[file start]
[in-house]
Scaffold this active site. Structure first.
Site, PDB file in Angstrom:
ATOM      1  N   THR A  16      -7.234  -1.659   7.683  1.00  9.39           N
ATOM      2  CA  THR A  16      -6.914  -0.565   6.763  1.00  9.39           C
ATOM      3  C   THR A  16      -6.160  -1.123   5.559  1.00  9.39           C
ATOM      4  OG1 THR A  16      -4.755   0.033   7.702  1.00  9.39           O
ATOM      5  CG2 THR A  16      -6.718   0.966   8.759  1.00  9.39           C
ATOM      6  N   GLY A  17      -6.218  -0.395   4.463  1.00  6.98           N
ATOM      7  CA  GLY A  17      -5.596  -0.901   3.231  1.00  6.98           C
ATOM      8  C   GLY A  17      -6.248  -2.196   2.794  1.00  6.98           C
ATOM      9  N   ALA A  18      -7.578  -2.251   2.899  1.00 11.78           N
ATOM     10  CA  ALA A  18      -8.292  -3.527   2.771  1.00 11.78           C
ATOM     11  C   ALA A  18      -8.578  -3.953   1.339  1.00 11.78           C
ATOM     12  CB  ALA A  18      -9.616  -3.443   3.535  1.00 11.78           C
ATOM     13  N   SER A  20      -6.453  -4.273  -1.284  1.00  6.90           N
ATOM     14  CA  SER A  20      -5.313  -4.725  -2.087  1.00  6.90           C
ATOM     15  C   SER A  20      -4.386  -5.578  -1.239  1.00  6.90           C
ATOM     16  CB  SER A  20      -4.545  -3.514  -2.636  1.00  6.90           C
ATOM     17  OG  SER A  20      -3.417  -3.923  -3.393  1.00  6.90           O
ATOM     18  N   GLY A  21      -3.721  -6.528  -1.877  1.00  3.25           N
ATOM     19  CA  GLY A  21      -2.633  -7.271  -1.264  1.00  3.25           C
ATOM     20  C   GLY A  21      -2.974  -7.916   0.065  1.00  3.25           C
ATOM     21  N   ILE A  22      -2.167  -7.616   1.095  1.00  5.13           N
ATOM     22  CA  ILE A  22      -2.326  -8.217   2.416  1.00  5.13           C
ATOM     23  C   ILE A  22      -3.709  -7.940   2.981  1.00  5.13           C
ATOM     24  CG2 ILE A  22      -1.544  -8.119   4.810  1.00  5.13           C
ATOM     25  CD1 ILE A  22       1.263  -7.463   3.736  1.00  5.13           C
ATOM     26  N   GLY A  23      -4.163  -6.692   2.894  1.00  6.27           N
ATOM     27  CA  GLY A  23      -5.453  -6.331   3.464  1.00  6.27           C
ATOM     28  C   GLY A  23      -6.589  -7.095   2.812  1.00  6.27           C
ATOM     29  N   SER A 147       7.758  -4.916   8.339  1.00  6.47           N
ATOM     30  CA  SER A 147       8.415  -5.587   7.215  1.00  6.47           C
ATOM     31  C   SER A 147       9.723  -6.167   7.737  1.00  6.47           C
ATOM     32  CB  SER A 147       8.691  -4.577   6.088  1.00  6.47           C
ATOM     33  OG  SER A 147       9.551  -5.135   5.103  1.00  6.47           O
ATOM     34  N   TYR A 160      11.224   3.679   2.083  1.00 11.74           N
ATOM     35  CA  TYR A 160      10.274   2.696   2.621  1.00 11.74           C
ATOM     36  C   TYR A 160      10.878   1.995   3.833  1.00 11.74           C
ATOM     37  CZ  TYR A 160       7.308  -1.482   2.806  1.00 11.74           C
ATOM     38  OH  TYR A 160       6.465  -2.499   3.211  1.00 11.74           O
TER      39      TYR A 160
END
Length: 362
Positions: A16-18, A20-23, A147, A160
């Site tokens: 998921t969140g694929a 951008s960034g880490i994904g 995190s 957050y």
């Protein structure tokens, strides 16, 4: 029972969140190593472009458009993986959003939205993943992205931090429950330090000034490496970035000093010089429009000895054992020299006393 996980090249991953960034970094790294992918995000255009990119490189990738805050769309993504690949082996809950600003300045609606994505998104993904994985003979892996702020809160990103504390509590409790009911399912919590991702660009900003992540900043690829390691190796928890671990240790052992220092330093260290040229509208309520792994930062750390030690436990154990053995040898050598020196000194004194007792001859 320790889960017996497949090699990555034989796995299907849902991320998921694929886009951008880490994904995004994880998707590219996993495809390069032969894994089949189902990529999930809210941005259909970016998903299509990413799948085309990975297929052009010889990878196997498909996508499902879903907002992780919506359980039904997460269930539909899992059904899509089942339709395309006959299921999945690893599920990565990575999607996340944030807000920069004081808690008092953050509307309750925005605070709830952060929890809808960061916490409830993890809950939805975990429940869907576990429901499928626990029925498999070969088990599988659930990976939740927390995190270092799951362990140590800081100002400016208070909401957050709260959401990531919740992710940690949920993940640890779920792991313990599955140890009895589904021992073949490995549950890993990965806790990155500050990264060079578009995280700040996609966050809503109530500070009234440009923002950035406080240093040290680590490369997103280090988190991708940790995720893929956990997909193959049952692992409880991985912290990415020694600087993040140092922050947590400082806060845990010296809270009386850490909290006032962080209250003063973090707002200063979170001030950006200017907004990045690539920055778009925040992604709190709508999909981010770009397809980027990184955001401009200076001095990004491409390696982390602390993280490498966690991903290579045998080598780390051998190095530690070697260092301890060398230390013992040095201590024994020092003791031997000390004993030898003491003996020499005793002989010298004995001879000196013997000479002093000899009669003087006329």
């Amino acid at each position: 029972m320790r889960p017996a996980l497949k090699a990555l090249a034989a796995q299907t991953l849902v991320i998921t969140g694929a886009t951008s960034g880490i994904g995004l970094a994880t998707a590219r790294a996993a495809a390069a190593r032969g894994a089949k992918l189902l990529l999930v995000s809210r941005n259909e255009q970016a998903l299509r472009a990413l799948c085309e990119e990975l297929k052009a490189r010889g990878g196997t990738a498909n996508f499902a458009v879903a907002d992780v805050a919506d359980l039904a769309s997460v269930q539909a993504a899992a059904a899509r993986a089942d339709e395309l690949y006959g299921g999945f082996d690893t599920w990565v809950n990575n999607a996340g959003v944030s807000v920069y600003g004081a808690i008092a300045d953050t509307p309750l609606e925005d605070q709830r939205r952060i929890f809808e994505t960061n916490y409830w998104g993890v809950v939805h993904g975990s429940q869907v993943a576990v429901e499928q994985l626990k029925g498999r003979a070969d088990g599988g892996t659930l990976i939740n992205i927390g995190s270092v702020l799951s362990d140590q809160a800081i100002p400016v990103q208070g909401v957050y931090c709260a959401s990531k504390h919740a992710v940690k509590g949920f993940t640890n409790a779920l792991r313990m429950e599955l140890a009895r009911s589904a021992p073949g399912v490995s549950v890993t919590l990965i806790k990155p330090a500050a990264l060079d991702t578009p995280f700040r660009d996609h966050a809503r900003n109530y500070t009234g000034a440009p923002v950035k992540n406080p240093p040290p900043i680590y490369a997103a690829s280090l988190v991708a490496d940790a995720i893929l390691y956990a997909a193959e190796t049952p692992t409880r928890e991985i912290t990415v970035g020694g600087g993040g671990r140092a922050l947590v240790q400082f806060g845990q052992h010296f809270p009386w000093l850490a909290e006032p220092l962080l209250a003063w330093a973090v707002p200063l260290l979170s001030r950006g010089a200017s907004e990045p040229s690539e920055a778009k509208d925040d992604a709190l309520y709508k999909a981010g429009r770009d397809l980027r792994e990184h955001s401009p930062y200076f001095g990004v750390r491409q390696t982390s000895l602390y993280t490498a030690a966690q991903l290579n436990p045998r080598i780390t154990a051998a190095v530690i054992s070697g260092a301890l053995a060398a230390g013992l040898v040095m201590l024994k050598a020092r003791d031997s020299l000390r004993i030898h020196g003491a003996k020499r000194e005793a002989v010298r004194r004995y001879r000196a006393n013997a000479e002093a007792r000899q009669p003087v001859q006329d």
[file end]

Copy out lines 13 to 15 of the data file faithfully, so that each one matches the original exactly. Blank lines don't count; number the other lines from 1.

ATOM     10  CA  ALA A  18      -8.292  -3.527   2.771  1.00 11.78           C
ATOM     11  C   ALA A  18      -8.578  -3.953   1.339  1.00 11.78           C
ATOM     12  CB  ALA A  18      -9.616  -3.443   3.535  1.00 11.78           C